Office cleaners, predominantly visible minorities from Central and South America, are among the most invisible of low-paid workers. Primarily women, they often work alone, and through the night.

 

But the lowly scrubbers of the city’s tiles and toilets are front and centre of a campaign for better wages and working conditions that pits a big North American union against the Toronto cleaning industry’s last big holdout.

 

The Service Employees’ International Union is leading the unionization drive, known across North America as “Justice for Janitors.” In Toronto, the movement began with the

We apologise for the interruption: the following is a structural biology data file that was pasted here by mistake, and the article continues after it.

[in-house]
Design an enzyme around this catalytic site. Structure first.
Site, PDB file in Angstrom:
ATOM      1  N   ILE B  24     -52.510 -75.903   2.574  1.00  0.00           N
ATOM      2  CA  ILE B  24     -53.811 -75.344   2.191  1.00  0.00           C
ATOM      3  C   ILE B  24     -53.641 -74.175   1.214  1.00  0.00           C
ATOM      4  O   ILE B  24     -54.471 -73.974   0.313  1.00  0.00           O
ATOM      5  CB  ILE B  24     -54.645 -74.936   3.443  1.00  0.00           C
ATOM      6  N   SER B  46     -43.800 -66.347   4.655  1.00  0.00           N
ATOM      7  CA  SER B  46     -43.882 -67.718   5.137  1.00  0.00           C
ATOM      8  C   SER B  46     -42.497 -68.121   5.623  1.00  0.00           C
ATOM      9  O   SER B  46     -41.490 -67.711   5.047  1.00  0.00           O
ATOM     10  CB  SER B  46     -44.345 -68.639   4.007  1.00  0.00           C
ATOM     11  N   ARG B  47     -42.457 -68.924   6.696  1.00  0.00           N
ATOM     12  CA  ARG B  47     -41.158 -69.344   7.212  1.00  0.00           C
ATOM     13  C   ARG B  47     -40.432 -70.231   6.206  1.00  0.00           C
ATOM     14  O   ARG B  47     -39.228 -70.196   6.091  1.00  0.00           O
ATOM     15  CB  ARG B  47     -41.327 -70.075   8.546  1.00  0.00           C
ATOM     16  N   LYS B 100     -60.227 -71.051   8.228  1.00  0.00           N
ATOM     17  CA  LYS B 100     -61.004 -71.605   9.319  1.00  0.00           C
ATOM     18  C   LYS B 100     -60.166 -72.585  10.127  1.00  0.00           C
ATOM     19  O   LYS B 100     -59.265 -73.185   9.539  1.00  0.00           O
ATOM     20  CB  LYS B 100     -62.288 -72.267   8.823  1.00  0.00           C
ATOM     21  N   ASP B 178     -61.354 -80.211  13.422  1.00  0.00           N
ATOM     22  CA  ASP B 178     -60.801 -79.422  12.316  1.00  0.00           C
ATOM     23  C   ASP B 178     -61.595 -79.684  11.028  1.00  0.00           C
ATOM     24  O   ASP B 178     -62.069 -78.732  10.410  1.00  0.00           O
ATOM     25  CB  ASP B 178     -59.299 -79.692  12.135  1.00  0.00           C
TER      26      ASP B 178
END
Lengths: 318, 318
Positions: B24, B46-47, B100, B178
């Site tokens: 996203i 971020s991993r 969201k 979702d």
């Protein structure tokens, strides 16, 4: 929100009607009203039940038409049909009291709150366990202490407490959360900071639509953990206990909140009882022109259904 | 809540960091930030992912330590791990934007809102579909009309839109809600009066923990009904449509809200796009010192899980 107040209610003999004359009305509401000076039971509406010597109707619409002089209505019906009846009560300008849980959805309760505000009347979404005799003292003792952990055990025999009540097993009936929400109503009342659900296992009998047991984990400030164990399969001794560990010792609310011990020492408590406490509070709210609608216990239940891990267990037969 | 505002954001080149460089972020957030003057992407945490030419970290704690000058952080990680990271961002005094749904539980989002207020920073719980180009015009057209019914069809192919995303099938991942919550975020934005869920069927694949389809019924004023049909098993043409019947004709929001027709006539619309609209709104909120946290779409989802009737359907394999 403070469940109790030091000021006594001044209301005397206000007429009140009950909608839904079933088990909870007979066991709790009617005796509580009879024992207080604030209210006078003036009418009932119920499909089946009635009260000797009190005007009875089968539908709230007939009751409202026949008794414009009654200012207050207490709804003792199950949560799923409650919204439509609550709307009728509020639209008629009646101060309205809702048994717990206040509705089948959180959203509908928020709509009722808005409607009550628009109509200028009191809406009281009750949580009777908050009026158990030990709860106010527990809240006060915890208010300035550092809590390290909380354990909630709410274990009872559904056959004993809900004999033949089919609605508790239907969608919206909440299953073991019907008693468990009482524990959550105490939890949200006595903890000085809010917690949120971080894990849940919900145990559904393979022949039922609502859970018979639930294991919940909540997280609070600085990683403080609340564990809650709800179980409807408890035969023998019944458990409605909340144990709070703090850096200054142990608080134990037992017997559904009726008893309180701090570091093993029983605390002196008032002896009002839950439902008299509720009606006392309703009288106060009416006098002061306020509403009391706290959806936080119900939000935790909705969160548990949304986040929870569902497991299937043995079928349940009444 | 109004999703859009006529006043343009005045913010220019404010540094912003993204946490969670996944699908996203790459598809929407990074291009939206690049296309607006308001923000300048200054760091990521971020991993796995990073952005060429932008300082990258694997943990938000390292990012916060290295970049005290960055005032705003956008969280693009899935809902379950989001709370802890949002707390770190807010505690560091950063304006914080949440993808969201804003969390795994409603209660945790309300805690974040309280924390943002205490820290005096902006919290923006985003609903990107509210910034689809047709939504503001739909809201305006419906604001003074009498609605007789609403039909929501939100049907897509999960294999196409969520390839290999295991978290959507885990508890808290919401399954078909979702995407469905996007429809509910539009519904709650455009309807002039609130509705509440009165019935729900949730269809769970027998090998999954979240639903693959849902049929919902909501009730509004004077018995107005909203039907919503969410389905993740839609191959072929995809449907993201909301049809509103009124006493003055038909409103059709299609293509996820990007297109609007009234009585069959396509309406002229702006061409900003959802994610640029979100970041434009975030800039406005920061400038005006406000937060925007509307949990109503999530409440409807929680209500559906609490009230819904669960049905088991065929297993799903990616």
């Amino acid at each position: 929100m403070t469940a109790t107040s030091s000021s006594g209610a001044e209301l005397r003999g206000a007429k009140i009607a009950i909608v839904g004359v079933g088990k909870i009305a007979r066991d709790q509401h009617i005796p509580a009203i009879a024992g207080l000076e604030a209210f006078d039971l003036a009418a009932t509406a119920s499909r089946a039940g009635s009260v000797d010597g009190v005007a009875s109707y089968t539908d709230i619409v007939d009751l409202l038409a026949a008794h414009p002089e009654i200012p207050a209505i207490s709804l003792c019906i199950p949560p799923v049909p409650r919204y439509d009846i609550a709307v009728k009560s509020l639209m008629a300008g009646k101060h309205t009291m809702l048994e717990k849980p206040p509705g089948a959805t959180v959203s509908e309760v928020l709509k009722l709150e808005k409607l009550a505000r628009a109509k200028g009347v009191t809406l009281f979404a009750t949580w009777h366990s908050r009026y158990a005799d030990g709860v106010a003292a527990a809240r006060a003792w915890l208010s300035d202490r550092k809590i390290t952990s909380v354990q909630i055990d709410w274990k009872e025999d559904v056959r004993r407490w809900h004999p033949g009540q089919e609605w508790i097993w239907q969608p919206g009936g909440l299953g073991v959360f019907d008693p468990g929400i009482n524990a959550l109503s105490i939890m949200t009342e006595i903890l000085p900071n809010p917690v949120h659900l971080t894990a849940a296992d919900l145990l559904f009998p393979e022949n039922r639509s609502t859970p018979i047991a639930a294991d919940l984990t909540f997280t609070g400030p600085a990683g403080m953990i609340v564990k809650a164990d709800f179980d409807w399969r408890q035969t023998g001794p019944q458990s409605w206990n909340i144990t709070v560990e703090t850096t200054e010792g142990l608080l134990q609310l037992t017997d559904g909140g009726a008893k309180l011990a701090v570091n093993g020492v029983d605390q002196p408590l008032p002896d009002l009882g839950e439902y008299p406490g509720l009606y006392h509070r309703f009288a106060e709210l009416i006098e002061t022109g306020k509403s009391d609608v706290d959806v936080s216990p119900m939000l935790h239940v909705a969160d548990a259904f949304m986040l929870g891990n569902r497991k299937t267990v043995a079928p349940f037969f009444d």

union quietly trying to convince the city’s four major cleaning companies to agree to a citywide standard that would stop the decline of cleaners’ wages as they bid for competing contracts.


















workforce



  • Roughly 22,000 office cleaners work in the GTA for scores of companies, more than half in Toronto. Most cleaners earn an $8 minimum wage or close to it; other unionized workers earn about $9 to $12 an hour.